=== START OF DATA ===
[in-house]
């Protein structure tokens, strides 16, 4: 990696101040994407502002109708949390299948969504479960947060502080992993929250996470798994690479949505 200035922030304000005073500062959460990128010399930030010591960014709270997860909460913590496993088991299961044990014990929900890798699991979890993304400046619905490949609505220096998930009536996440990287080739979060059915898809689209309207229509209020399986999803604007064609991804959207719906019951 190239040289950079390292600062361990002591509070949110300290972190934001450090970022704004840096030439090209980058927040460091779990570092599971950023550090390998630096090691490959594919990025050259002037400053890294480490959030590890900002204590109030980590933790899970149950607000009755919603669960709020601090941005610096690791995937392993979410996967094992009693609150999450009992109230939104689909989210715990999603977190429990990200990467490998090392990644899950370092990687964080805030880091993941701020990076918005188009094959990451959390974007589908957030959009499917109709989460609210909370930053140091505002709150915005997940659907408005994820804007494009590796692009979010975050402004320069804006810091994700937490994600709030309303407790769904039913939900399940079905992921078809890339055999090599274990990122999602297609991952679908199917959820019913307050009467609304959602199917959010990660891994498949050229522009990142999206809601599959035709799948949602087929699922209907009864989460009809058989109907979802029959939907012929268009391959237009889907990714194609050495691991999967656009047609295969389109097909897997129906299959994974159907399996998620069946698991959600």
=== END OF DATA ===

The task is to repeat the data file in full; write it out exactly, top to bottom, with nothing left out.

[in-house]
């Protein structure tokens, strides 16, 4: 990696101040994407502002109708949390299948969504479960947060502080992993929250996470798994690479949505 200035922030304000005073500062959460990128010399930030010591960014709270997860909460913590496993088991299961044990014990929900890798699991979890993304400046619905490949609505220096998930009536996440990287080739979060059915898809689209309207229509209020399986999803604007064609991804959207719906019951 190239040289950079390292600062361990002591509070949110300290972190934001450090970022704004840096030439090209980058927040460091779990570092599971950023550090390998630096090691490959594919990025050259002037400053890294480490959030590890900002204590109030980590933790899970149950607000009755919603669960709020601090941005610096690791995937392993979410996967094992009693609150999450009992109230939104689909989210715990999603977190429990990200990467490998090392990644899950370092990687964080805030880091993941701020990076918005188009094959990451959390974007589908957030959009499917109709989460609210909370930053140091505002709150915005997940659907408005994820804007494009590796692009979010975050402004320069804006810091994700937490994600709030309303407790769904039913939900399940079905992921078809890339055999090599274990990122999602297609991952679908199917959820019913307050009467609304959602199917959010990660891994498949050229522009990142999206809601599959035709799948949602087929699922209907009864989460009809058989109907979802029959939907012929268009391959237009889907990714194609050495691991999967656009047609295969389109097909897997129906299959994974159907399996998620069946698991959600």